Last April, Rod Dreher insightfully and forcefully pointed out the same dilemma, which he dubbed the mote-plank factor: "Thou hypocrite!" said Jesus "first cast out the plank out of thine own eye, and then shalt thou see clearly to cast out the mote out of thy brother's eye." Lacking the backbone to acknowledge -- much less remedy -- the problem of moral turpitude in their own ranks, the bishops have made themselves into moral geldings. A desultory collection of specimens shows that Right and Left are equally quick to exploit the mote-plank vacuum:

From Diane Williamson [Worcester MA Telegram & Gazette 5-27-2004]:

I suppose if anyone should know about cooperation with evil it's the hierarchy of the Catholic Church, who for years allowed known child molesters to distribute Communion but now seek to impose a litmus test on Catholics wishing to receive it.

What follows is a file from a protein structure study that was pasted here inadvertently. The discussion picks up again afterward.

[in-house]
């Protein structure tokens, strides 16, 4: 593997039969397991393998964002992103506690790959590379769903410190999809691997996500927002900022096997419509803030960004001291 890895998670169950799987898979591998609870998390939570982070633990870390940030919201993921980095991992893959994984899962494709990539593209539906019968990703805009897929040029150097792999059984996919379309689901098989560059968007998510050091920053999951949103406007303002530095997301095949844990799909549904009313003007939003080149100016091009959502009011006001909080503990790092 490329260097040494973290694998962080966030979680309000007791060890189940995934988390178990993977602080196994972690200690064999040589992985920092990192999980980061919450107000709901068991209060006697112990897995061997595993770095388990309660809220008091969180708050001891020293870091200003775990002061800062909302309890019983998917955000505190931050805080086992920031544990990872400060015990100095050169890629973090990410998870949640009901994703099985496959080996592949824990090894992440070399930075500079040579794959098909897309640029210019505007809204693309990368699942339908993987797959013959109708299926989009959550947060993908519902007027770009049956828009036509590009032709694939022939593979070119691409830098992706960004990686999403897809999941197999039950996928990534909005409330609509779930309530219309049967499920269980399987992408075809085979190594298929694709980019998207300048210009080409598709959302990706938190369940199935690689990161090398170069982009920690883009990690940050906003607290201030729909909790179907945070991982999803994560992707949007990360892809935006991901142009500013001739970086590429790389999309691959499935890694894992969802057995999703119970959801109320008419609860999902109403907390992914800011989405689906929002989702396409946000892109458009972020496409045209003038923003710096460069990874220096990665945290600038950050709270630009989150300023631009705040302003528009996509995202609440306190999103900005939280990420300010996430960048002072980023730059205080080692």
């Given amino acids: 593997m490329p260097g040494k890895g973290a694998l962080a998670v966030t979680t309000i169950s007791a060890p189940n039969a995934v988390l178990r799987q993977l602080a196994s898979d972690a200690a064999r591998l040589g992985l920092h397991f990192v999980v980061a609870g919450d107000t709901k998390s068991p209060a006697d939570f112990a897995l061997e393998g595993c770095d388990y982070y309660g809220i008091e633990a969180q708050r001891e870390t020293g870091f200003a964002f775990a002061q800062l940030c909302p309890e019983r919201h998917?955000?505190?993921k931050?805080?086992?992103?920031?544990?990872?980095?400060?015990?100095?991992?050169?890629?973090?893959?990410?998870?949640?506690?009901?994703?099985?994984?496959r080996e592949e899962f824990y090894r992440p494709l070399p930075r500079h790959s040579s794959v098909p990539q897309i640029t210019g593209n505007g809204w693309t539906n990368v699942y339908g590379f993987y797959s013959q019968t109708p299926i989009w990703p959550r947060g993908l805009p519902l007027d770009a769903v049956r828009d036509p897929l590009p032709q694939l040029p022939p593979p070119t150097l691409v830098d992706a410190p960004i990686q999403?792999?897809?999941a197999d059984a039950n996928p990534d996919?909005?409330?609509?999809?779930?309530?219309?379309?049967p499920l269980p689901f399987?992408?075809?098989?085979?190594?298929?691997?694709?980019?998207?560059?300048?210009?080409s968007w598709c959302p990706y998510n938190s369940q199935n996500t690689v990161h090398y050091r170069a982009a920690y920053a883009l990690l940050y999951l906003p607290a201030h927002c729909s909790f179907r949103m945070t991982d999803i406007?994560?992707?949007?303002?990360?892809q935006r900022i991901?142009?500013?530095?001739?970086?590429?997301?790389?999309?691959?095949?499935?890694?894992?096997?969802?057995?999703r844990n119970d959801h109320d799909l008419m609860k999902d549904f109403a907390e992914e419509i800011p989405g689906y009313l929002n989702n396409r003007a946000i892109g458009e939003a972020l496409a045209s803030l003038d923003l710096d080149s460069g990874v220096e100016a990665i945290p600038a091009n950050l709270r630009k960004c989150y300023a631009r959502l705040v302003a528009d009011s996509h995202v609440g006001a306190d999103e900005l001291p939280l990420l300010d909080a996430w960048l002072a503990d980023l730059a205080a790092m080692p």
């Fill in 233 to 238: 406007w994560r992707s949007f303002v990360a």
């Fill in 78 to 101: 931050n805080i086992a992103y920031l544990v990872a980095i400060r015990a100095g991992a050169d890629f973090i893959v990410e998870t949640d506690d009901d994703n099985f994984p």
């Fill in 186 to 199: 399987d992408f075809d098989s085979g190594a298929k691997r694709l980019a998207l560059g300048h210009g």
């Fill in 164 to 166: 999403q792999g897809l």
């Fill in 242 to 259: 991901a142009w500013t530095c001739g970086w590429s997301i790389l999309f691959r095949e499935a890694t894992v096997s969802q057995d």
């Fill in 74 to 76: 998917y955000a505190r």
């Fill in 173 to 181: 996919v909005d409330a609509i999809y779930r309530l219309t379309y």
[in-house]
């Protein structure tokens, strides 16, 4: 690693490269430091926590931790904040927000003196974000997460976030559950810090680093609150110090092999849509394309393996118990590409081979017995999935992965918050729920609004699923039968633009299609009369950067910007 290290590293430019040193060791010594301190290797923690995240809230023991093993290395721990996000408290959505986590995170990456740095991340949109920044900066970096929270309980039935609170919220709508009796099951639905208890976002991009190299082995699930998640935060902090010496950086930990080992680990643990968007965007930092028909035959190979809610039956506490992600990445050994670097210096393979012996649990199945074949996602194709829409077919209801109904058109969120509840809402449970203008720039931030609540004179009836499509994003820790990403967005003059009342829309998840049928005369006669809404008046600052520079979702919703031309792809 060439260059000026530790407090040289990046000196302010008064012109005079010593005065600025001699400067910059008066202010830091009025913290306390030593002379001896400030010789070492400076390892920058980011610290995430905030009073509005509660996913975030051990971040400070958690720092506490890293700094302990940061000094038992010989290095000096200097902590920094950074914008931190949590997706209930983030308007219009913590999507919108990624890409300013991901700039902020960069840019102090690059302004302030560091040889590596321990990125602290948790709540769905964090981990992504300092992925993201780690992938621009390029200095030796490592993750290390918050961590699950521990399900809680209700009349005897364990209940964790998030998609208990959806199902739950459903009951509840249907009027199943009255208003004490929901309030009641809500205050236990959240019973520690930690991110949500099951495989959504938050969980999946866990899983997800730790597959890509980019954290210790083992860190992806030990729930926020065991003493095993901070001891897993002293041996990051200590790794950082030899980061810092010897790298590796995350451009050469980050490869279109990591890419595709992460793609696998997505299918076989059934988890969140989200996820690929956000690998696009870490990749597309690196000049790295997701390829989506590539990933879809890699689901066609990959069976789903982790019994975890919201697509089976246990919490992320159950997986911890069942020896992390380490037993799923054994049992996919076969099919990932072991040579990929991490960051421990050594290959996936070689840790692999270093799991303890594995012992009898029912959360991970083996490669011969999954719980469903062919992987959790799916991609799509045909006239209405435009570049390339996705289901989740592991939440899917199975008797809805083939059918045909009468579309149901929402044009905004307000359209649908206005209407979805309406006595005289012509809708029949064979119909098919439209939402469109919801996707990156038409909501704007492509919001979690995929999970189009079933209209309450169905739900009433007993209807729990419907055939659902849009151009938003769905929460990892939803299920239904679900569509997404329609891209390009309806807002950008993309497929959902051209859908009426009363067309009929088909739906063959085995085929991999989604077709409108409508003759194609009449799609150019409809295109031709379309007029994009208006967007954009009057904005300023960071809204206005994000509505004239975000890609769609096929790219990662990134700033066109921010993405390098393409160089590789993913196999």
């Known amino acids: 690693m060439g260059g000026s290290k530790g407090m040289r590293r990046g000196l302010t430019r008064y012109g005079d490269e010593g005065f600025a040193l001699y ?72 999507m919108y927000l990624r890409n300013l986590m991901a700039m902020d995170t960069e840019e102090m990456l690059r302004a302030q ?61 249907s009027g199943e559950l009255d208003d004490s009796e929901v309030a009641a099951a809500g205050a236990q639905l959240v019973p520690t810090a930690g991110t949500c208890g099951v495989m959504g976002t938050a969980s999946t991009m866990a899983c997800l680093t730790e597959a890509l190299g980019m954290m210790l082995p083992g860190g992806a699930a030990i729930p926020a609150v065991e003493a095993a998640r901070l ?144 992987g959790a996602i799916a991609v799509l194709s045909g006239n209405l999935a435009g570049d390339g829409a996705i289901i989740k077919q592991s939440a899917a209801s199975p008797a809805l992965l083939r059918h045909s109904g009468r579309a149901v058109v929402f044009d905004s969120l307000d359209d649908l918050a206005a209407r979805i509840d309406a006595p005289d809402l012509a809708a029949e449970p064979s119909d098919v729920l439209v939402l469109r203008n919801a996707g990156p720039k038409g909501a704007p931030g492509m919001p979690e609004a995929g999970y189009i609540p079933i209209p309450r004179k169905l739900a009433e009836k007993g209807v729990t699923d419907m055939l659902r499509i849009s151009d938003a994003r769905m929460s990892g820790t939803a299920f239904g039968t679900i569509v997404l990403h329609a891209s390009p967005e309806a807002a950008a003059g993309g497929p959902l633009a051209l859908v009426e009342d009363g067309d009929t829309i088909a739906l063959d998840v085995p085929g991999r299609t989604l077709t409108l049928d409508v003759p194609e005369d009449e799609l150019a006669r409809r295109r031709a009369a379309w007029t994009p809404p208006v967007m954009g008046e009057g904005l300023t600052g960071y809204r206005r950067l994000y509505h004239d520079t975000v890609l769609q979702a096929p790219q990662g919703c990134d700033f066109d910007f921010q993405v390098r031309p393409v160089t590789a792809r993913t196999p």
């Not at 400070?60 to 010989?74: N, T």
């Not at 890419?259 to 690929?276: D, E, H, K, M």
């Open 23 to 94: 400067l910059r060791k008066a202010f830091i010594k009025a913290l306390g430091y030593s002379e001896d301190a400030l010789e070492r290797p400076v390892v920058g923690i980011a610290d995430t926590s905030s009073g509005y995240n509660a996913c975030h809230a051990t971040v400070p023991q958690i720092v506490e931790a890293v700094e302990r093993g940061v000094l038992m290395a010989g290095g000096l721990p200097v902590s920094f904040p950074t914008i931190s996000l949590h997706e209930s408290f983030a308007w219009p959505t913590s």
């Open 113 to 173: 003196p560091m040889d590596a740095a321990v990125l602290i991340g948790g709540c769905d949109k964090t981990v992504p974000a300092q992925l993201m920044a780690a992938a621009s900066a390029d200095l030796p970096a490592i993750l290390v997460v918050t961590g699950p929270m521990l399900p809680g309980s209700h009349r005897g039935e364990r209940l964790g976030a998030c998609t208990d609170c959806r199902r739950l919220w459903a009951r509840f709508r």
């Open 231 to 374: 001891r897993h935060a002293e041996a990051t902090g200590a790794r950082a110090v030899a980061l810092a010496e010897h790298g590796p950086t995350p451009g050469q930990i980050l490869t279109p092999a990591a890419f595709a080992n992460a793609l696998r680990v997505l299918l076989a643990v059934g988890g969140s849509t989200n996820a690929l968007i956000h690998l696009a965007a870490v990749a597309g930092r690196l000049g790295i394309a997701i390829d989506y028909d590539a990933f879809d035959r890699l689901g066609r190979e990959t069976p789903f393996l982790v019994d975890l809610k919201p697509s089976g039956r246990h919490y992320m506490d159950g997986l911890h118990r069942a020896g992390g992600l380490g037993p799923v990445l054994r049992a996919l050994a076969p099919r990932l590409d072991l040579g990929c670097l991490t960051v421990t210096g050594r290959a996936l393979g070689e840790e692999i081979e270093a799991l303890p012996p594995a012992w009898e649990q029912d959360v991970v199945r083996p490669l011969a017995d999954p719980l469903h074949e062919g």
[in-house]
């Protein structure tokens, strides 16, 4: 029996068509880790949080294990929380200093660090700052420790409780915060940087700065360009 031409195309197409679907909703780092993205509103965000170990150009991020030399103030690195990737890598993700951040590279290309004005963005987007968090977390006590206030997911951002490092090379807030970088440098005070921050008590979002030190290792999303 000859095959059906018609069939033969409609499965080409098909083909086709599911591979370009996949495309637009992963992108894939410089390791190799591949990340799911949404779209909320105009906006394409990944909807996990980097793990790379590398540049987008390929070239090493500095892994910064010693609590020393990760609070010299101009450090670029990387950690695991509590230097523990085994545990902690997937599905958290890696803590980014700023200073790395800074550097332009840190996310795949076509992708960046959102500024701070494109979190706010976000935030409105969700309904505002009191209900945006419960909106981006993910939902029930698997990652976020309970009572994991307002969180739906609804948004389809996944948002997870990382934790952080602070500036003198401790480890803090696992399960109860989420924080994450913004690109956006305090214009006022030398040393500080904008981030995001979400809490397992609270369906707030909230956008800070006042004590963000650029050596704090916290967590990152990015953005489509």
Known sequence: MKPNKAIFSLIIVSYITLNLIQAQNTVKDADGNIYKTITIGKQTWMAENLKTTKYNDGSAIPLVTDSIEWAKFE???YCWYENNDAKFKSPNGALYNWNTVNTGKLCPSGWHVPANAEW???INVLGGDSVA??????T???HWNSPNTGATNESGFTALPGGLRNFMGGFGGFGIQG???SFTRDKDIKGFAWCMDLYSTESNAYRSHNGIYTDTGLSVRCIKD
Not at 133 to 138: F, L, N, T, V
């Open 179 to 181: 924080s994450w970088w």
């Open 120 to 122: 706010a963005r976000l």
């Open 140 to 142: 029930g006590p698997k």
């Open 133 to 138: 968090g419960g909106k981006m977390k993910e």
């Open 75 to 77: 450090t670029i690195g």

From New York Newsday, 5-13-2004]:

U.S. Rep. Peter King expressed outrage Thursday at the claim by a top Vatican official that the Iraqi prisoner abuse scandal was worse for America than the Sept. 11 terrorist attacks. "It's the ultimate hypocrisy," said King (R-Seaford), a practicing Catholic. "If there's anyone in the world who has no right to speak on sexual abuse, it's the Vatican.

From Rea Howarth, coordinator of Catholics Speak Out [6-15-2003]:

The eminent Cardinal Josef Ratzinger virtually leaped to impose the church's ultimate penalty on the women less than two months after their ordinations -- all the while they were pondering how to treat problem priests who abused children. It is more than strange that no priests or bishops have been excommunicated for their part in crimes that destroyed the lives of children and nuns, but women, acting on a sacred call to ministry are a threat that cannot be tolerated.